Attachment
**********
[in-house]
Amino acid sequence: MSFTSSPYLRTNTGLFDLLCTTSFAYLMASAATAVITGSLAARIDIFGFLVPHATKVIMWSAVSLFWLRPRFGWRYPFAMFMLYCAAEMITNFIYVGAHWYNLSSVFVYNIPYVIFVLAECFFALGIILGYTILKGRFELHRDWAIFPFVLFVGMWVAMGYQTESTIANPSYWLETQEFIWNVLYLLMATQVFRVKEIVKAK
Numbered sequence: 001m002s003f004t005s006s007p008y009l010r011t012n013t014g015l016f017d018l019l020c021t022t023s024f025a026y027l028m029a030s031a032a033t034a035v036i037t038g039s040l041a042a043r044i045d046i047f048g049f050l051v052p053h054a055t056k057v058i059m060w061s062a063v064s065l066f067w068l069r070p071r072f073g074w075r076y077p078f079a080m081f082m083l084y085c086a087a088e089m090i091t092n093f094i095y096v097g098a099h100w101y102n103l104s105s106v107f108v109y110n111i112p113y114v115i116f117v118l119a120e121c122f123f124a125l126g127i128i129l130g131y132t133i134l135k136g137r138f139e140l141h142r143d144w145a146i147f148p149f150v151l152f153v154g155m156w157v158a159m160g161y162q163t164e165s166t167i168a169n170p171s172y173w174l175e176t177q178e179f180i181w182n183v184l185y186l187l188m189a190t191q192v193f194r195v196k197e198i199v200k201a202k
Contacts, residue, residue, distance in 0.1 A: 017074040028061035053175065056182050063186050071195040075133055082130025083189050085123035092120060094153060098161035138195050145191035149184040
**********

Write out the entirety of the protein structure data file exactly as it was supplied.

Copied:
[in-house]
Amino acid sequence: MSFTSSPYLRTNTGLFDLLCTTSFAYLMASAATAVITGSLAARIDIFGFLVPHATKVIMWSAVSLFWLRPRFGWRYPFAMFMLYCAAEMITNFIYVGAHWYNLSSVFVYNIPYVIFVLAECFFALGIILGYTILKGRFELHRDWAIFPFVLFVGMWVAMGYQTESTIANPSYWLETQEFIWNVLYLLMATQVFRVKEIVKAK
Numbered sequence: 001m002s003f004t005s006s007p008y009l010r011t012n013t014g015l016f017d018l019l020c021t022t023s024f025a026y027l028m029a030s031a032a033t034a035v036i037t038g039s040l041a042a043r044i045d046i047f048g049f050l051v052p053h054a055t056k057v058i059m060w061s062a063v064s065l066f067w068l069r070p071r072f073g074w075r076y077p078f079a080m081f082m083l084y085c086a087a088e089m090i091t092n093f094i095y096v097g098a099h100w101y102n103l104s105s106v107f108v109y110n111i112p113y114v115i116f117v118l119a120e121c122f123f124a125l126g127i128i129l130g131y132t133i134l135k136g137r138f139e140l141h142r143d144w145a146i147f148p149f150v151l152f153v154g155m156w157v158a159m160g161y162q163t164e165s166t167i168a169n170p171s172y173w174l175e176t177q178e179f180i181w182n183v184l185y186l187l188m189a190t191q192v193f194r195v196k197e198i199v200k201a202k
Contacts, residue, residue, distance in 0.1 A: 017074040028061035053175065056182050063186050071195040075133055082130025083189050085123035092120060094153060098161035138195050145191035149184040